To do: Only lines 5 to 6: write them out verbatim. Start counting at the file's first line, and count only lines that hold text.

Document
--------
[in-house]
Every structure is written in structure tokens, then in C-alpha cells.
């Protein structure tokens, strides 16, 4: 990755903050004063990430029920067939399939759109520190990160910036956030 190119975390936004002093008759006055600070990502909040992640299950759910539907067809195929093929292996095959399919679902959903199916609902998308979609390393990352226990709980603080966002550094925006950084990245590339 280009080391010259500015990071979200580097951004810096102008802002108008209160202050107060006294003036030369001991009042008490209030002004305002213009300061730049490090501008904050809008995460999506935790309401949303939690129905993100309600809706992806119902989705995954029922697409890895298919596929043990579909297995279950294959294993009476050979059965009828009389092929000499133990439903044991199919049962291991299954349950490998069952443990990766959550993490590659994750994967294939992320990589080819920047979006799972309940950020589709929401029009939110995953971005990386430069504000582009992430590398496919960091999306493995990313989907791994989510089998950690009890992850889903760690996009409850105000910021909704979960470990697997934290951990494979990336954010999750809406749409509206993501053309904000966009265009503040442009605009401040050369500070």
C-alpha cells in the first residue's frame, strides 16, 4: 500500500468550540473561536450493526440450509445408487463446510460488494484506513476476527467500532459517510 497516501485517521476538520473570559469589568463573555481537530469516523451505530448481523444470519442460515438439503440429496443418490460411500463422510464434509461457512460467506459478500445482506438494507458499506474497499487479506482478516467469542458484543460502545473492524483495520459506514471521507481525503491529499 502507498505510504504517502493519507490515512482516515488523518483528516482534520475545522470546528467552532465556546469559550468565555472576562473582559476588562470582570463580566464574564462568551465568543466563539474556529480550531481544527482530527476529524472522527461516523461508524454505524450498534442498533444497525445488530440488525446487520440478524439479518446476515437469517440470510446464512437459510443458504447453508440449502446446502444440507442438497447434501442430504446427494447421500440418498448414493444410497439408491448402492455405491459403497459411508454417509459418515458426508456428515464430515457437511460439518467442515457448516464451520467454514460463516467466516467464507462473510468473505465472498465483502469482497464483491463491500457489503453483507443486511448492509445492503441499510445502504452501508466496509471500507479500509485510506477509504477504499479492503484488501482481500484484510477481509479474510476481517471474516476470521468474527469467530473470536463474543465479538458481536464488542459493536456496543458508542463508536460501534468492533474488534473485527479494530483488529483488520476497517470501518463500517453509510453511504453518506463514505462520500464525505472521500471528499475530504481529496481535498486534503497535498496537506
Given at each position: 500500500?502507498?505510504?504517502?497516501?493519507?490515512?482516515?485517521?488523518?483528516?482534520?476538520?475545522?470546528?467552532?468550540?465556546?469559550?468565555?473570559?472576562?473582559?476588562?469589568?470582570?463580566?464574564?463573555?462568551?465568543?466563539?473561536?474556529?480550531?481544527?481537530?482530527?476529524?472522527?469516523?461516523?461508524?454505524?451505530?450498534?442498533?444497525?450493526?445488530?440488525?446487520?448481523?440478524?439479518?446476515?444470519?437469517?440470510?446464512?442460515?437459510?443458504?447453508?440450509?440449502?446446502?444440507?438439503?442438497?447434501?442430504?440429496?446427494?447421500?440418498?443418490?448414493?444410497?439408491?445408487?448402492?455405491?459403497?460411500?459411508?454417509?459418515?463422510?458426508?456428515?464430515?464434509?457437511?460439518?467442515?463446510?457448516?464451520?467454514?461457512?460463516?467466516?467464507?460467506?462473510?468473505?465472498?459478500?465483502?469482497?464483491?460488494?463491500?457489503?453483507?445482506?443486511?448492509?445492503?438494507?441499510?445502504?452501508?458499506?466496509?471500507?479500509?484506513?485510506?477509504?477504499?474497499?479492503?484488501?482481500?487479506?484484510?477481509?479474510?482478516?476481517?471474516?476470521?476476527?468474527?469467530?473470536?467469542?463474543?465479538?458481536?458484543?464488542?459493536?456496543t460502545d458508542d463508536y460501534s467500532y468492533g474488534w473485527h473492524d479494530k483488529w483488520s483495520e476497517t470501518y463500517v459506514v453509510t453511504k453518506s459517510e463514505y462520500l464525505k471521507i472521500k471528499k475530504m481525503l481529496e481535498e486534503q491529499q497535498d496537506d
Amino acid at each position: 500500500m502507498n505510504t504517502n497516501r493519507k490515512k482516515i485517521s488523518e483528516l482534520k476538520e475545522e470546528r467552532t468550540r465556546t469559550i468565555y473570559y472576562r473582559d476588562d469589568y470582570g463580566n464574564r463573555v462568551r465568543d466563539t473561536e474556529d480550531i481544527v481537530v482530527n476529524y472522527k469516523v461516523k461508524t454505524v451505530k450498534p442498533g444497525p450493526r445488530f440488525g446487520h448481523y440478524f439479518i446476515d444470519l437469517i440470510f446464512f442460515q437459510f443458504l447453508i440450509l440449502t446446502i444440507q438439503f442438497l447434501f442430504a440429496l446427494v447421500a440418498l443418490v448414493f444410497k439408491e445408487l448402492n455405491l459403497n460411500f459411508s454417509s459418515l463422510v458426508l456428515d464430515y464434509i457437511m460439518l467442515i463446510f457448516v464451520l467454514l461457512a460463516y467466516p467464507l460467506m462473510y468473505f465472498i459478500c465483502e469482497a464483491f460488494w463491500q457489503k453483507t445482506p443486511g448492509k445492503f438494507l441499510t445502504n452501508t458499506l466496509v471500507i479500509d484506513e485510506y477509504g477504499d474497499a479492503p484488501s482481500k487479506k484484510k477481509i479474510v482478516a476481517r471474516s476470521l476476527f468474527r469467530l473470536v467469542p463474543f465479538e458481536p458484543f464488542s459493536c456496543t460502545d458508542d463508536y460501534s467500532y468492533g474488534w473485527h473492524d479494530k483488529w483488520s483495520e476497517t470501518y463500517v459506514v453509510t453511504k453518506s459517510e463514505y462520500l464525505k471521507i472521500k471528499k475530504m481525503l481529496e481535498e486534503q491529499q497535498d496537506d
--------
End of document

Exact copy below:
Given at each position: 500500500?502507498?505510504?504517502?497516501?493519507?490515512?482516515?485517521?488523518?483528516?482534520?476538520?475545522?470546528?467552532?468550540?465556546?469559550?468565555?473570559?472576562?473582559?476588562?469589568?470582570?463580566?464574564?463573555?462568551?465568543?466563539?473561536?474556529?480550531?481544527?481537530?482530527?476529524?472522527?469516523?461516523?461508524?454505524?451505530?450498534?442498533?444497525?450493526?445488530?440488525?446487520?448481523?440478524?439479518?446476515?444470519?437469517?440470510?446464512?442460515?437459510?443458504?447453508?440450509?440449502?446446502?444440507?438439503?442438497?447434501?442430504?440429496?446427494?447421500?440418498?443418490?448414493?444410497?439408491?445408487?448402492?455405491?459403497?460411500?459411508?454417509?459418515?463422510?458426508?456428515?464430515?464434509?457437511?460439518?467442515?463446510?457448516?464451520?467454514?461457512?460463516?467466516?467464507?460467506?462473510?468473505?465472498?459478500?465483502?469482497?464483491?460488494?463491500?457489503?453483507?445482506?443486511?448492509?445492503?438494507?441499510?445502504?452501508?458499506?466496509?471500507?479500509?484506513?485510506?477509504?477504499?474497499?479492503?484488501?482481500?487479506?484484510?477481509?479474510?482478516?476481517?471474516?476470521?476476527?468474527?469467530?473470536?467469542?463474543?465479538?458481536?458484543?464488542?459493536?456496543t460502545d458508542d463508536y460501534s467500532y468492533g474488534w473485527h473492524d479494530k483488529w483488520s483495520e476497517t470501518y463500517v459506514v453509510t453511504k453518506s459517510e463514505y462520500l464525505k471521507i472521500k471528499k475530504m481525503l481529496e481535498e486534503q491529499q497535498d496537506d
Amino acid at each position: 500500500m502507498n505510504t504517502n497516501r493519507k490515512k482516515i485517521s488523518e483528516l482534520k476538520e475545522e470546528r467552532t468550540r465556546t469559550i468565555y473570559y472576562r473582559d476588562d469589568y470582570g463580566n464574564r463573555v462568551r465568543d466563539t473561536e474556529d480550531i481544527v481537530v482530527n476529524y472522527k469516523v461516523k461508524t454505524v451505530k450498534p442498533g444497525p450493526r445488530f440488525g446487520h448481523y440478524f439479518i446476515d444470519l437469517i440470510f446464512f442460515q437459510f443458504l447453508i440450509l440449502t446446502i444440507q438439503f442438497l447434501f442430504a440429496l446427494v447421500a440418498l443418490v448414493f444410497k439408491e445408487l448402492n455405491l459403497n460411500f459411508s454417509s459418515l463422510v458426508l456428515d464430515y464434509i457437511m460439518l467442515i463446510f457448516v464451520l467454514l461457512a460463516y467466516p467464507l460467506m462473510y468473505f465472498i459478500c465483502e469482497a464483491f460488494w463491500q457489503k453483507t445482506p443486511g448492509k445492503f438494507l441499510t445502504n452501508t458499506l466496509v471500507i479500509d484506513e485510506y477509504g477504499d474497499a479492503p484488501s482481500k487479506k484484510k477481509i479474510v482478516a476481517r471474516s476470521l476476527f468474527r469467530l473470536v467469542p463474543f465479538e458481536p458484543f464488542s459493536c456496543t460502545d458508542d463508536y460501534s467500532y468492533g474488534w473485527h473492524d479494530k483488529w483488520s483495520e476497517t470501518y463500517v459506514v453509510t453511504k453518506s459517510e463514505y462520500l464525505k471521507i472521500k471528499k475530504m481525503l481529496e481535498e486534503q491529499q497535498d496537506d